Autism, also called autism spectrum condition (ASC), is a lifelong condition that affects how a person relates to other people and communicates with them. People with autism will experience the world differently. These differences can bring challenges as well as unique strengths.

Things you may notice

Social communication

  • The child or adult may:
    • display differences in how they use and understand verbal and non-verbal communication for example, use of eye contact and or face watching, tone of voice, facial expressions and gestures
    • have a literal understanding of language
    • not speak or have limited speech – some children or adults will have good language skills, but may find it hard to know what people expect them to do in conversation.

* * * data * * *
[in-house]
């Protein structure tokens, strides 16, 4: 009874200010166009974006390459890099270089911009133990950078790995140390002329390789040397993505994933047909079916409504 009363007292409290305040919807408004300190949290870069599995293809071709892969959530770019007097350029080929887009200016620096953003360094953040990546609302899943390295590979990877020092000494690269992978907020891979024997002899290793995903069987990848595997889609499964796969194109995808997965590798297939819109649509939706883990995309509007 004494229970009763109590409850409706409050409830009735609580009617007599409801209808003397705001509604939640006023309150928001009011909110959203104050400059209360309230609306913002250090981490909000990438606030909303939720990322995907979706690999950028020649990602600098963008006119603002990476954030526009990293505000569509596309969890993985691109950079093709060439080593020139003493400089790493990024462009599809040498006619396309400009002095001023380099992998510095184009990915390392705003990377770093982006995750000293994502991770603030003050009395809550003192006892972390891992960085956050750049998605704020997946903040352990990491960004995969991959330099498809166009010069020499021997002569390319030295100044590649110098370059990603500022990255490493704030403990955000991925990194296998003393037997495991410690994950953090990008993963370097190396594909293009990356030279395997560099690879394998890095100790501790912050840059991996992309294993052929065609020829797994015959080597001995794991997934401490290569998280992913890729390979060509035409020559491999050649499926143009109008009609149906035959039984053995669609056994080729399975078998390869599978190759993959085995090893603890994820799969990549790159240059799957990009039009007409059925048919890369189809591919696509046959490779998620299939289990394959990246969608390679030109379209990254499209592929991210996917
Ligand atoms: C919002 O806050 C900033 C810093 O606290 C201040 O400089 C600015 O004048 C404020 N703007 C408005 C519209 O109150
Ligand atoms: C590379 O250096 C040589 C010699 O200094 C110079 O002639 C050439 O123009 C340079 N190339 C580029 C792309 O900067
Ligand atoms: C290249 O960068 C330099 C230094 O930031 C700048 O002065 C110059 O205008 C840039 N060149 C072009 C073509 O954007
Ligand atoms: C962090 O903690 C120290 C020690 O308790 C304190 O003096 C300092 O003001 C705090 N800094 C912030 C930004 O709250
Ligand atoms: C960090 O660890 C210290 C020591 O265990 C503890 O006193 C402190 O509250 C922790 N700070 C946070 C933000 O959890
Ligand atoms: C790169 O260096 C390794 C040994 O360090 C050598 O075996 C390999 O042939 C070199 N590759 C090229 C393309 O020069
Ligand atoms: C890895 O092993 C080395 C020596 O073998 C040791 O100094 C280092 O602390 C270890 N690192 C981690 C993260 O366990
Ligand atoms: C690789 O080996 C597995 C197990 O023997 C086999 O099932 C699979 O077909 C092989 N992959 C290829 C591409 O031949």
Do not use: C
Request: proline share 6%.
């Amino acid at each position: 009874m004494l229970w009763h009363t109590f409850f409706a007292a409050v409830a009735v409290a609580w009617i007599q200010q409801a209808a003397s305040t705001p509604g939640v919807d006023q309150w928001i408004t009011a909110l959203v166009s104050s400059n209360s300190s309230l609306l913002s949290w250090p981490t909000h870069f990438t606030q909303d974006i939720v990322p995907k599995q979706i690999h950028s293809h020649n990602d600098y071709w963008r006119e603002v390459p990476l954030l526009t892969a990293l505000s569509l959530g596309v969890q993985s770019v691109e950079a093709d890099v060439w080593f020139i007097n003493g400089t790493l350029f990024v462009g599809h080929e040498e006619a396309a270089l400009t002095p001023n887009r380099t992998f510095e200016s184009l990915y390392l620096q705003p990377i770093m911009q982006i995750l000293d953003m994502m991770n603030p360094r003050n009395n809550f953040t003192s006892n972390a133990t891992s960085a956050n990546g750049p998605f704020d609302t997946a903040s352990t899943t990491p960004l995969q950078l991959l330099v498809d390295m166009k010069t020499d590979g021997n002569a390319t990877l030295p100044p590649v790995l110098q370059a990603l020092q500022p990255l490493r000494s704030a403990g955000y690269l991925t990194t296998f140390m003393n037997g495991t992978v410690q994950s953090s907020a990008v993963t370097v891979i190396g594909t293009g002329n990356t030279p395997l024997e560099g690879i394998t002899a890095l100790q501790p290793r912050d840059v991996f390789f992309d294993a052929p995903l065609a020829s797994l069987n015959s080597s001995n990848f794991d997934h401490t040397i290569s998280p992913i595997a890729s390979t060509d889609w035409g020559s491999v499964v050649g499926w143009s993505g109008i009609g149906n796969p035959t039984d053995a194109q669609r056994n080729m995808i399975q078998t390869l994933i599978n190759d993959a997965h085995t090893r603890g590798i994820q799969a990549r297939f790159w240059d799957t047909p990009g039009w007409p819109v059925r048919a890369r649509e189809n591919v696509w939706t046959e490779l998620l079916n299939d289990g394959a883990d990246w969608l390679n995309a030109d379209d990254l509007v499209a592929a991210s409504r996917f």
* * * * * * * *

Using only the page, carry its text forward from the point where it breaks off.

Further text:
Social interaction

  • The child may:
    • seem like they are in their own world
    • not always notice someone is talking to them
    • have differences in ‘reading people’ and showing emotions
    • like to spend time alone
    • have friends, but find it hard to maintain them successfully.

Routine or repetitive thinking and behaviours

  • The child may:
    • like to organise things
    • have a strong desire for rules, routine and for things staying the same
    • have very intense interests or like to collect things.

Sensory sensitivities

  • The child may:
    • may be over sensitive or under sensitive to sounds, touch, tastes, smells, light, colours, temperature or pain
    • for example, not like unexpected loud noises, may only wear certain clothes, may only eat particular foods, may not tell you when they are hurt or unwell.


Visit the National Autistic Society to find out more, including support and help available.